Parenting Matters: 10 ways to better argue with your kids
Kari Wittmann Latta 360 Youth Services September 24, 2012 6:08PM
Kari Wittmann Latta, Clinical Director of 360 Youth Services
Updated: October 27, 2012 6:04AM
Welcome to the Collaborative Youth Team’s column, “Parenting Matters!” The team is a partnership of 20 youth and family service organizations and agencies. Each month, a different partner will offer practical tips for restoring balance within our families and for building resiliency in our youth. This month’s column is shared by 360 Youth Services.
Ten tips to having a better argument with your kids — you didn’t know that was possible did you?
Parent-child conflict is unavoidable, so it’s ideal to have an understanding of how to make the best of it!
1) First, understand that not all fighting is bad. It can be a great way to air gripes, teach lessons and move toward more peace in the house when done respectfully.
2) Realize that it’s OK to be angry, but just make sure to avoid criticism, sarcasm, judgment and blame. These are toxic and will make any argument automatically go south.
3) Show self-control, respect and empathy as much as possible. Not only do you want to make it easier for your children to hear what you are saying, you are teaching them how to communicate at the same time.
4) Know when to argue. If you are the one bringing up a difficult issue, make sure that both you and your child are calm enough to discuss things rationally. Make sure your child isn’t already in a bad mood about something else, or about to go out with friends.
5) Be concise. If you have a complaint, be brief and don’t lecture or blame. Describe what you have observed without judgment and let your child know clearly and matter-of-factly how you’d like to see the behavior change in the future.
6) Let your child know you are listening. Reflect back what you hear him say in a neutral way and validate the parts that make sense (even if you don’t agree). Your first response to your child’s complaints shouldn’t be about establishing who is right or wrong, it should be about opening up lines of communication. (For example: “It sounds like what is most important to you is …”)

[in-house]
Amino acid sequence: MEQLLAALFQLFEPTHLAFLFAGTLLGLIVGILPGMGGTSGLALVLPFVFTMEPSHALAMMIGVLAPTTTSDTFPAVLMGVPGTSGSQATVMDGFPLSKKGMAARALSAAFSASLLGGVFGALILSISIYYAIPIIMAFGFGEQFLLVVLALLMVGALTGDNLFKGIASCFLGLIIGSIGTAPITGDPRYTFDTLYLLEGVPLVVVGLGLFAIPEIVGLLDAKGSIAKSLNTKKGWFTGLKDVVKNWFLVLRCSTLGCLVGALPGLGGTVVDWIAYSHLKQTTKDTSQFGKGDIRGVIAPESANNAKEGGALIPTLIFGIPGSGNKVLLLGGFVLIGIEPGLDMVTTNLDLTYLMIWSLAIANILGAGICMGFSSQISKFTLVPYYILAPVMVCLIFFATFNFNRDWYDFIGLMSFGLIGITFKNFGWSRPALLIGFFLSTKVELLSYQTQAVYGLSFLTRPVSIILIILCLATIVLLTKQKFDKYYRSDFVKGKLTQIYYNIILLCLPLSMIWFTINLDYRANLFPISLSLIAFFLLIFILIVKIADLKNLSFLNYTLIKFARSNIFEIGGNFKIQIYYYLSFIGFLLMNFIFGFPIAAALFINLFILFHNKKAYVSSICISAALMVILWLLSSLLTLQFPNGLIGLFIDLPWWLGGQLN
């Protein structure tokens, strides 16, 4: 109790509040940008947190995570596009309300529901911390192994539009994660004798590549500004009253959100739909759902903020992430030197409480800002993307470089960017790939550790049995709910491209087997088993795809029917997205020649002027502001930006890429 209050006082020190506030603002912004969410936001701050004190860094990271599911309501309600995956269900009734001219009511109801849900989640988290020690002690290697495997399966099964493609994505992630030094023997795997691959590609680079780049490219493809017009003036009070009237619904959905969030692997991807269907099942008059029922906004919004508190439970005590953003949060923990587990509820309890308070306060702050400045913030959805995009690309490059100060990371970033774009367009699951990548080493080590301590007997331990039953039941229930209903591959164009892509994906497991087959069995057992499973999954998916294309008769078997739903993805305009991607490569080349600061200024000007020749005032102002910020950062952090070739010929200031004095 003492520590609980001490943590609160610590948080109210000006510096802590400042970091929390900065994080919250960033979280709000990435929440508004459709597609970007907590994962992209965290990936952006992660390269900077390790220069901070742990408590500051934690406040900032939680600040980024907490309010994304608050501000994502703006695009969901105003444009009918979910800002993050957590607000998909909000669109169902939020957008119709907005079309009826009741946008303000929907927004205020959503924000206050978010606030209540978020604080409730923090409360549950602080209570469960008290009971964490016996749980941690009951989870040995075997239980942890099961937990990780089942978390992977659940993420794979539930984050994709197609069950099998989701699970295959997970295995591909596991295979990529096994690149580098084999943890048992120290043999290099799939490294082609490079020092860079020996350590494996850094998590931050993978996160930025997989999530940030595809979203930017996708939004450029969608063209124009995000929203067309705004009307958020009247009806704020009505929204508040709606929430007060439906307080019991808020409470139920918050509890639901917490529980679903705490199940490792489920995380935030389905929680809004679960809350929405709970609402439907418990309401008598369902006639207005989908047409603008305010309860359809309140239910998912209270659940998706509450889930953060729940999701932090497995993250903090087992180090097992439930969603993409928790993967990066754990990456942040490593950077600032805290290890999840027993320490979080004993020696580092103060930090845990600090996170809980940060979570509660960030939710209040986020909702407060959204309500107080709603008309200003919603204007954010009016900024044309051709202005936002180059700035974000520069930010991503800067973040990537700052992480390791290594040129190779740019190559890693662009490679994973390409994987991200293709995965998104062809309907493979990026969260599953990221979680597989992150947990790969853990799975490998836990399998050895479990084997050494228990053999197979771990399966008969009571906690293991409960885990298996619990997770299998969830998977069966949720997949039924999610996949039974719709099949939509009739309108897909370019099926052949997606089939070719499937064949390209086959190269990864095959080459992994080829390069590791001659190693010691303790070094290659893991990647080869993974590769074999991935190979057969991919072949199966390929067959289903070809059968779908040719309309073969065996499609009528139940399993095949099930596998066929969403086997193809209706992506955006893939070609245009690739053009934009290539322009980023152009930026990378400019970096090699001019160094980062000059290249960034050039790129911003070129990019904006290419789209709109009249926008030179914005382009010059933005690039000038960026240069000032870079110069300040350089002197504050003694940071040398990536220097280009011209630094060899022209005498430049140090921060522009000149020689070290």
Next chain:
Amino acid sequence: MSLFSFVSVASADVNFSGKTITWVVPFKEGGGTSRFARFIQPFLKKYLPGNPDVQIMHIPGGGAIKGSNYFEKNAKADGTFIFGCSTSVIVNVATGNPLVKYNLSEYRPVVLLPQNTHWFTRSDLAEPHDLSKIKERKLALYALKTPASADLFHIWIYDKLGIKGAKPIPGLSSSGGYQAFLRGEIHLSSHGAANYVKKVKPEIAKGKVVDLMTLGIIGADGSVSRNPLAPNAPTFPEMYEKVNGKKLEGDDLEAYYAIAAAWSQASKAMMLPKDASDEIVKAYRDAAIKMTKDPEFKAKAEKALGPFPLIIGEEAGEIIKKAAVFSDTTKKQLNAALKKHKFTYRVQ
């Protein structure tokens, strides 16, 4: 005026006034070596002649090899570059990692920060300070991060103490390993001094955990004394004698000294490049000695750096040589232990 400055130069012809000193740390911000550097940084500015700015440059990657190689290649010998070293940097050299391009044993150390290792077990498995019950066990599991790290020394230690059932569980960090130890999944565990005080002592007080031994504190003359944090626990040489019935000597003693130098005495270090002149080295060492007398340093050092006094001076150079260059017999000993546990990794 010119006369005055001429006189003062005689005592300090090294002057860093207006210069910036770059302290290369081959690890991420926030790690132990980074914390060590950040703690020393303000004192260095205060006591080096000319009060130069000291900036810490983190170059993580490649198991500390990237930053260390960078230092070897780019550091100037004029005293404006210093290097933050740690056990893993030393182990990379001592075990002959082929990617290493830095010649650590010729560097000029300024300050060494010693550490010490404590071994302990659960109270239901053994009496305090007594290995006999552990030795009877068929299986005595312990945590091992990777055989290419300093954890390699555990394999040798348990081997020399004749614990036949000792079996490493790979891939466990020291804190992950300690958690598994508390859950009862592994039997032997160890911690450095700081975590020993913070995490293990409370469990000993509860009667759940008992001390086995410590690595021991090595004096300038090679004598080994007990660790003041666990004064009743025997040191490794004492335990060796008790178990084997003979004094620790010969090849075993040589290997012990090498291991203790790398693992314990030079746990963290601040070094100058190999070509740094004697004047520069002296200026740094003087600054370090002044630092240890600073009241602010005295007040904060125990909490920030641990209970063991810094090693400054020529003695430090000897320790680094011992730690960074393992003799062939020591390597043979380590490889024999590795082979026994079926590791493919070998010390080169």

7) Give compliments, credit, reassurance and reinforcement for a job well done whenever possible. Every relationship needs to have a ratio of five positive comments to every negative one to stay on the healthy side. Kids need even more positivity from parents to balance out all the struggles they have. “Fill up their tank” so to speak, and they will have more to give back to you and other family members.
8) If an argument is not going well, it’s OK to put it on pause and try again later (after you’ve done some deep breathing!)
9) Apologize when you get it wrong. Apologizing doesn’t make you look like a weak parent — it is excellent role-modeling and will actually earn you more respect and bring you closer to your child in the end.
10) Throw in some humor when you can. Laughter is the most powerful way to defuse intense emotions and bring people together.
And please remember that if you ever feel your family could use a little extra help with communicating with each other, counseling is always an option to help get families more connected with each other.
Kari Wittmann Latta is clinical director of 360 Youth Services. This column is courtesy of KidsMatter, Collaborative Youth Team facilitator. To access the community resource guide and partner contact information, visit www.KidsMatter2us.org.